BYU spring football camp began Monday, Mar 5, as the team hopes to improve on its dismal 4-9 record last year — the worst at BYU since 1955.

With that record came a big coaching turnover and the expectation of more discipline on and off the field.

Coach Kalani Sitake replaced Ty Detmer with Jeff Grimes as offensive coordinator, along with a slew of new assistants and players. The Cougars ranked 121st in offensive efficiency last season.

Both Grimes and Sitake mentioned high energy and desperation after the first day of practice, with old and new players fighting for playing time.

Though it is only March, there are several things to watch for as the team hits the field for the first time in 2018.

Who will be BYU’s quarterback?

Tanner Mangum, BYU’s starting quarterback in 2017, endured a season-ending Achilles injury on Nov. 4, 2017. Though he’s back to throwing, he will not participate in spring practices.

Backup Beau Hoge also missed the end of last season with a toe injury, but said on Monday he is “back at 100 percent” for spring ball. He was the first quarterback to play during full-squad drills and may be the guy to beat at the quarterback position.

Josh Ellis
Beau Hoge addresses the media following a spring practice on Mar. 5, 2018. (Josh Ellis)

Joe Critchlow, who finished the season as BYU’s go-to guy, will get plenty of reps in practices, but this will be an opportunity for the new recruits to prove themselves.

Zach Wilson of Draper and Stacy Conner of Wylie, Texas are both already enrolled at BYU and may surprise people with their dual-threat talents.

Wilson especially, a three-star prospect and the No. 1 ranked quarterback out of Utah, could really make some noise, even threatening the starting spot come fall.

What will BYU’s offense look like?

With a revolving door of quarterbacks and raw talent at the wide receiver position, BYU’s passing game was anything but consistent last year. None of the wide receivers totaled over 500 yards, and the only player to reach the milestone was freshman tight end Matt Bushman.

Junior Moroni Laulu-Pututau suffered a serious foot injury prior to the season opener, after increasing his total yards and touchdown each of the previous two years. With his potential return and some intriguing freshman prospects, the opportunities in the air suddenly seem a lot more explosive for the Cougars.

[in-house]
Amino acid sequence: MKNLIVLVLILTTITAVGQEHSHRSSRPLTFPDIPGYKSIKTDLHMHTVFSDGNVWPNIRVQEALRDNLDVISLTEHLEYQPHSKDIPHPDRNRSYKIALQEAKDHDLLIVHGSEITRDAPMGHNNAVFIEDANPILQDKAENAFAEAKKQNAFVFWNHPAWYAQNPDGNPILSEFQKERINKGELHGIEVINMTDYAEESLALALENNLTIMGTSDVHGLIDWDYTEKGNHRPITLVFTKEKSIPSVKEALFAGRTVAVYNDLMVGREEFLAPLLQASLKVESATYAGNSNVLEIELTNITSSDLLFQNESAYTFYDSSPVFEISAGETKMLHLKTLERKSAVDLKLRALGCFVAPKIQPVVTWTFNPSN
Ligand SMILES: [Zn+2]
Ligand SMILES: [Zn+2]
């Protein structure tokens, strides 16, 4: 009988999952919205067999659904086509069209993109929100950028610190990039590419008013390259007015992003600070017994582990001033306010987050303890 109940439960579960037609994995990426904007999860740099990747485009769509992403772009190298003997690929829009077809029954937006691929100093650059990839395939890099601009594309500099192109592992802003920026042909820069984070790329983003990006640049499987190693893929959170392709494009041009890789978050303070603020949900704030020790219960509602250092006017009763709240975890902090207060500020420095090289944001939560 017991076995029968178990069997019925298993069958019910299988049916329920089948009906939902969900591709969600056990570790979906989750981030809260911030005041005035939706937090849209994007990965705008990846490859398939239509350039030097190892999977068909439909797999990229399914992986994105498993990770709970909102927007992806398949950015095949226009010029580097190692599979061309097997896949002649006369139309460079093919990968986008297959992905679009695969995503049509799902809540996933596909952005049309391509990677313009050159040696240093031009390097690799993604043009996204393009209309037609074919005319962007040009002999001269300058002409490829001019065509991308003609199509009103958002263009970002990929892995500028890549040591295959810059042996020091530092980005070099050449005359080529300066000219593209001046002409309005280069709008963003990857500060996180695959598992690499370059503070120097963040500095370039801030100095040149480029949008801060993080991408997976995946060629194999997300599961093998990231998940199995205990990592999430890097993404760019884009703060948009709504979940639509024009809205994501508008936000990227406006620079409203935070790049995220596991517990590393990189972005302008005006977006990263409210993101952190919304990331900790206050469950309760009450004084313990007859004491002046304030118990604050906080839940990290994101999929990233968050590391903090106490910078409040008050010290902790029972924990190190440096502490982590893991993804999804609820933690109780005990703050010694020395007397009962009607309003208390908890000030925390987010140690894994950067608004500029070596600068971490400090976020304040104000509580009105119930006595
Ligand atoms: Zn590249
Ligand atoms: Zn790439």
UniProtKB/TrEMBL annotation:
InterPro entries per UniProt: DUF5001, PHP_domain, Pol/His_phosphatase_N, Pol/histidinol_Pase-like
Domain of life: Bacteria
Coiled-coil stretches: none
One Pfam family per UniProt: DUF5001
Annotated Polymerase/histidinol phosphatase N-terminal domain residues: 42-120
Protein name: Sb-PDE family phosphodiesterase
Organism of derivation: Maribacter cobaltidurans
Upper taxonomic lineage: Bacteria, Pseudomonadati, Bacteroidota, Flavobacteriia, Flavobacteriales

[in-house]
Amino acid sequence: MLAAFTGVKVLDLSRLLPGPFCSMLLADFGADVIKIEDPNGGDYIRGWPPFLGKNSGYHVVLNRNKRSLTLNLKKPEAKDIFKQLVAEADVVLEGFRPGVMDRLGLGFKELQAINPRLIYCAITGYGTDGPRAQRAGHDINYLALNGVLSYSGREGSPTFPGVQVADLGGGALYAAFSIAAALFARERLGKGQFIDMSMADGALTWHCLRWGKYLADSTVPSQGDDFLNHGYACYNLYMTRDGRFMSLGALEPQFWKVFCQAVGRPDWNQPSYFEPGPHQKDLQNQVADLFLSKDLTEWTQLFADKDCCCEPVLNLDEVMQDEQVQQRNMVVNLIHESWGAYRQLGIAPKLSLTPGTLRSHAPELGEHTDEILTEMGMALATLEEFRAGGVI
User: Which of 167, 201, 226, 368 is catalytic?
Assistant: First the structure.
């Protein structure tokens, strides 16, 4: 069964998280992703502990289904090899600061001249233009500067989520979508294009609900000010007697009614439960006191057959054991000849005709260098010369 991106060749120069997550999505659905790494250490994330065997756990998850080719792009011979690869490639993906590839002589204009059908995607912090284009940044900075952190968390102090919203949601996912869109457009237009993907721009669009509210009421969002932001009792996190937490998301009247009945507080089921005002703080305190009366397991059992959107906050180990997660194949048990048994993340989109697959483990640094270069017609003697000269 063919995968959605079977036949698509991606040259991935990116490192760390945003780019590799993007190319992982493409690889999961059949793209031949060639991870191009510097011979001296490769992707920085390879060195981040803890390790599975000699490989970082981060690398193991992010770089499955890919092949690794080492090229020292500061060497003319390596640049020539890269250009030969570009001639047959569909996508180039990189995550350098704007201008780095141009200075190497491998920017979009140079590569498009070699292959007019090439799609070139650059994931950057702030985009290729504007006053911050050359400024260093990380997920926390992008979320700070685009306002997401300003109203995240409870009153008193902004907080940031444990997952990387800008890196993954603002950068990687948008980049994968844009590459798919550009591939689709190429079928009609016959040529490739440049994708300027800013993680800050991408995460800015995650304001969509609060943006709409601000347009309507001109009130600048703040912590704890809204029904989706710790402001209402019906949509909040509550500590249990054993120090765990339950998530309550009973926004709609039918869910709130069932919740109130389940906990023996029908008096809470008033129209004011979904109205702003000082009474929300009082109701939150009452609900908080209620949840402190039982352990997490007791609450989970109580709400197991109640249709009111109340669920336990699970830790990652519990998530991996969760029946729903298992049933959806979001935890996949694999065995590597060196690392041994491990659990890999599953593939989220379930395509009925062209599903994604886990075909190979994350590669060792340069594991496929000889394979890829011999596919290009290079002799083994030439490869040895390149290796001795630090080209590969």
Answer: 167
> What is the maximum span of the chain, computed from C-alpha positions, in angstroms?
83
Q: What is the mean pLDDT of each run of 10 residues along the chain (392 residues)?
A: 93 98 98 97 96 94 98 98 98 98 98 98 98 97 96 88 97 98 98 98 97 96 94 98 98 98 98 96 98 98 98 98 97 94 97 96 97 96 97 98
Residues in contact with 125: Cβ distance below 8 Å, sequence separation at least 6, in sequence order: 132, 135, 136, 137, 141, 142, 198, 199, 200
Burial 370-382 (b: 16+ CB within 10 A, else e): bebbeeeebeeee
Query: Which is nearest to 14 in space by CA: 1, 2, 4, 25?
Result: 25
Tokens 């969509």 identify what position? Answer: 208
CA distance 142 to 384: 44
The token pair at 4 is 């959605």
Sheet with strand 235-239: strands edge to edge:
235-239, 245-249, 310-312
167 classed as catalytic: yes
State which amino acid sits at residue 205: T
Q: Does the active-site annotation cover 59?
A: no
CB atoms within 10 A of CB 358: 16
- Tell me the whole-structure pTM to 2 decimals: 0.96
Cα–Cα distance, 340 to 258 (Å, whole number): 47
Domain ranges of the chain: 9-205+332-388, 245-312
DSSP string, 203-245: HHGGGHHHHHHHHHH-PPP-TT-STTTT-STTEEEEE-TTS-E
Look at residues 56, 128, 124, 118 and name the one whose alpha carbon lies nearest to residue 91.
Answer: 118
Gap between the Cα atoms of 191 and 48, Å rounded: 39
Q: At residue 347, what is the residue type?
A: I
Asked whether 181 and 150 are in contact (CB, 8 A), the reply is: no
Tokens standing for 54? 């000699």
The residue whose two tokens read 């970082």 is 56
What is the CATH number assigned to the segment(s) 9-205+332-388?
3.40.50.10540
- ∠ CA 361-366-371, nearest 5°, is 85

Junior Micah Simon also looks to be a veteran presence and reliable option in the passing game.

In the running game, senior running back Squally Canada looks to improve on a breakout 2017 season where he ran for 710 yards and six touchdowns.

Other runners to watch are juniors Riley Burt and KJ Hall, and senior Trey Dye, who all experienced injuries last year, and each pose athletic options at running back.

Sophomore Ula Tolutau endured some off-the-field issues last year, but will look to return to his impressive form from last season when he was second on the team in rushing yards.

Can the offensive line hold its own?

Team captain and center Tejan Koroma graduated last year, putting pressure on a young BYU offensive line to mature quickly and find their identity.

Grimes — running an offense for the first time — has spent his entire career coaching offensive lines, and will expect nothing but the best from the front line.

At 6-foot-8 and 305 pounds, senior Austin Hoyt will be the man to watch for leadership, and returned missionary Harris LaChance leads a fresh group of incoming freshmen that will fight for playing time on the line.

“One advantage of being at BYU is that we can have size and length at every position,” Grimes said, “and that begins with the offensive line”

The strength of the offensive line may decide how successful BYU can be on offense this year, and will also show early on the impact Grimes will have on the team.

Look for intense competition between the veterans and newcomers trying to make an impression on the coaching staff and secure their spot on the line for fall practices.

Who will be the face of the defense?

Fred Warner, arguably the best player on last year’s team and the face of the defense,  graduated and is on his way to the NFL.

Warner’s brother, Troy, should see playing time at defensive back this year, but will likely take time to develop into the kind of player his older brother was.

One of last year’s captains, Butch Pau’u, is a senior, but saw his total tackles decrease last year after a stellar sophomore season.

In an interview after day one of practices, Pau’u said the coaches asked him to get into better shape for this season, and he spent the offseason getting leaner and faster.

Incoming freshmen standouts include defensive backs Isaiah Herron and Malik Moore, from Las Vegas and San Diego, respectively.

Both are over six feet tall, and possess the length and athletic ability to make an impact in the backfield.

BYU also got 6-foot-5, 270-pound lineman Chinonso Opara out of Juan Diego Catholic HS in Draper. He is originally from Nigeria and also played varsity basketball.

He, along with 6-foot-7, 410-pound Mo Langi form a scary defensive line with size and strength to spare.

BYU has enough raw athletic talent to excite Cougar fans, but spring camp will show whether or not they have developed the skill and maturity to make the right decisions.

Check out what ESPN 960’s Ben Criddle had to say about the guys to look out for and what to expect from spring ball online in the DU Sports Podcast.

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